James Merlo ESMO/James Merlo

ESMO 2019: Q&A With James Merlo of NERC

Earn professional development hours by attending ESMO 2019, one of the few industry conferences to integrate a technical conference with related outdoor demonstrations. Register by March 25 to get a $100 discount on the full registration rates for IEEE PES's 14th International Conference on transmission and distribution, construction, operation and live line maintenance. 

ESMO 2019 has a full lineup of technical conference sessions featuring speakers such as James Merlo, vice president and director, reliability risk management, for the North American Reliability Corporation. Here are some highlights of his upcoming session as well as some background on his education and how he got started in the industry. To learn more about the event, which is sponsored by IEEE PES and hosted by American Electric Power, visit the Web site

 

Q: Talk about ESMO 2019 and why power industry professionals should consider attending this event. 

A: This conference has been around for a long time, almost as long as me! Its importance to the IEEE Power and Energy Society is evident in its rich and lasting history. From the technical paper presentations and panel sessions to the massive indoor and outdoor field demonstrations, the applied settings to see various work practices and equipment in action by utilities and contractors is extremely educational and informative.

 

Q: Why did you decide to join a panel discussion at ESMO 2019? 

 A: I was honored when approached by this year’s conference staff. As the Electric Reliability Organization (ERO), NERC is extremely pleased to see how much effort is being exerted by industry to improve human performance and apply human factors engineering to not only reduce human error, but prevent it. Personally, it is very rewarding to see the work that NERC has done in the human performance area be so widely revered and accepted.

 

Q:  Describe the focus of your session. 

A: I would like to illustrate the positive contributions of safety and human performance improvement in cultivating our grid’s security, reliability and resiliency.

 

Q: What you plan to highlight during your part of the presentation?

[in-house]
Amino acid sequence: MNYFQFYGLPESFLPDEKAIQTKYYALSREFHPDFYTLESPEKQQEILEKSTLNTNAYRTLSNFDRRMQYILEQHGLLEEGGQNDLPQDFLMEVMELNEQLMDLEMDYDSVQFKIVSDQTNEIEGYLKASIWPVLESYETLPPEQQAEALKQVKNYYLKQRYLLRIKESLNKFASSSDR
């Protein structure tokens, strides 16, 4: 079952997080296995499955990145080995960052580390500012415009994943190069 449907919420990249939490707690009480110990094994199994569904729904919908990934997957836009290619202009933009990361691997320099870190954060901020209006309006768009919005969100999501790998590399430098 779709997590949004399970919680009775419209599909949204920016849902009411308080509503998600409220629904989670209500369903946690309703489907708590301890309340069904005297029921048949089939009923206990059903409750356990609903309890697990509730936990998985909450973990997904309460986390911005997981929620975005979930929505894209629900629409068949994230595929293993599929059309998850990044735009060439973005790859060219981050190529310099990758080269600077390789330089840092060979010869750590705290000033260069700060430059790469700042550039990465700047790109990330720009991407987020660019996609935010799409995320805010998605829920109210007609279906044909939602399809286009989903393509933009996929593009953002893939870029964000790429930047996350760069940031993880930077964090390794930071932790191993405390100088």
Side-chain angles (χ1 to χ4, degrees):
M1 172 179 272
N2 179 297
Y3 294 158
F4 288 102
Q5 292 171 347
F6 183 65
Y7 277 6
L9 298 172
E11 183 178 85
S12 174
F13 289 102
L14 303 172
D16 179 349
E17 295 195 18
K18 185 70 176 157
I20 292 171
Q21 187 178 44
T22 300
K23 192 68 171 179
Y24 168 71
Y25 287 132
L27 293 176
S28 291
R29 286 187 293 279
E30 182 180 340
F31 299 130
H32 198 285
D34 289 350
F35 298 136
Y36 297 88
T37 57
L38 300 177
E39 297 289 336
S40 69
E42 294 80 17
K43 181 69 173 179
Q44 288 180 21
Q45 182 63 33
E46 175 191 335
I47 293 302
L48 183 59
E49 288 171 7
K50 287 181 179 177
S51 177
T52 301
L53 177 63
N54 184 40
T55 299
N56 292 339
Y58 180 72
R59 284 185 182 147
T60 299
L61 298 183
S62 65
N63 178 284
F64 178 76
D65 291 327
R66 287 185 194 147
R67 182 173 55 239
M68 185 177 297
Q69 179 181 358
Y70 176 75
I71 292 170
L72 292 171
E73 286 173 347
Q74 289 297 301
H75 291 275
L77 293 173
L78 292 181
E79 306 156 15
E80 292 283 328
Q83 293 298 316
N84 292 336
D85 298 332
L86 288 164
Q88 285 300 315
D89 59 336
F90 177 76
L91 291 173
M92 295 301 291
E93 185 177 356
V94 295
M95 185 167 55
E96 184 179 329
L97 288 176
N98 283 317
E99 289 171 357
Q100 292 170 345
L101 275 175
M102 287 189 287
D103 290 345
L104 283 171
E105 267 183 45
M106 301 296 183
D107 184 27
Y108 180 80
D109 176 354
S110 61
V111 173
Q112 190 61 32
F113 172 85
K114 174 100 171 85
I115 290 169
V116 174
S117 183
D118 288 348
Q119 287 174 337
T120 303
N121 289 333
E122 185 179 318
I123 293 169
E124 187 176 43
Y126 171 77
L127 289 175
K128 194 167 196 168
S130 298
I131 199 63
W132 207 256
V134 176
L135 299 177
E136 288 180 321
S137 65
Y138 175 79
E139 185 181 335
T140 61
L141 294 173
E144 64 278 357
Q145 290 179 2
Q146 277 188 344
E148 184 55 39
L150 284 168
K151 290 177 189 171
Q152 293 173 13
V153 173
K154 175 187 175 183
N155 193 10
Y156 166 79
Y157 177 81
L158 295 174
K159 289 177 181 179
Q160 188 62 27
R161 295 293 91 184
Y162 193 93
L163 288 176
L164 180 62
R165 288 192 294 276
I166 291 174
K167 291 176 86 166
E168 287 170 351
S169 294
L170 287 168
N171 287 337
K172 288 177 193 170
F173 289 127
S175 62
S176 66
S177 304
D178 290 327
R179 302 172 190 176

A: The most important part of the grid: the people who plan, build, operate and maintain it. 

 

Q: How did you get interested in a career in the utility industry? 

A: I have studied human behavior for a long time. I have seen what good organizations can do to support it, and I have seen situations and circumstances in which organizations have set their staff up for failure. I truly believe that management is often aligned to get the results that they get.

 

Q: Describe your educational background and the early years of your career. 

A: I have a bachelor’s degree in Human Factors Psychology from West Point, a masters in Engineering Psychology from the University of Illinois and a doctorate in Applied Experimental and Human Factors Psychology from the University of Central Florida. I served in multiple combat tours in the Middle East and in airborne, light and mechanized infantry battalions across the world. People are our U.S. military’s greatest credentials.

 

Q: What is your current title? Also, what are some of your key responsibilities?

A: I am the vice president and director of Reliability Risk Management (RRM) at NERC, leading the ERO’s efforts to assess industry status and needs with regard to events and occurrences on the Bulk Electric System and exploring human performance challenges affecting bulk power system reliability. RRM is responsible for ensuring that reliability-based industry alerts, lessons learned, best practices and other valuable industry publications are quickly identified and communicated to the industry stakeholders and other various audiences. 

 

Q: What are the challenges and rewards of working in your job? 

 A: The North American grid is part of the most critical infrastructure in the world. Working with the men and women that plan, build, operate, protect, and sustain it is a privilege. I can’t think of a better way to serve.

 

To attend the technical presentation featuring James Merlo and participate in the other sessions at ESMO 2019, register here

 

 

Hide comments

Comments

  • Allowed HTML tags: <em> <strong> <blockquote> <br> <p>

Plain text

  • No HTML tags allowed.
  • Web page addresses and e-mail addresses turn into links automatically.
  • Lines and paragraphs break automatically.
Publish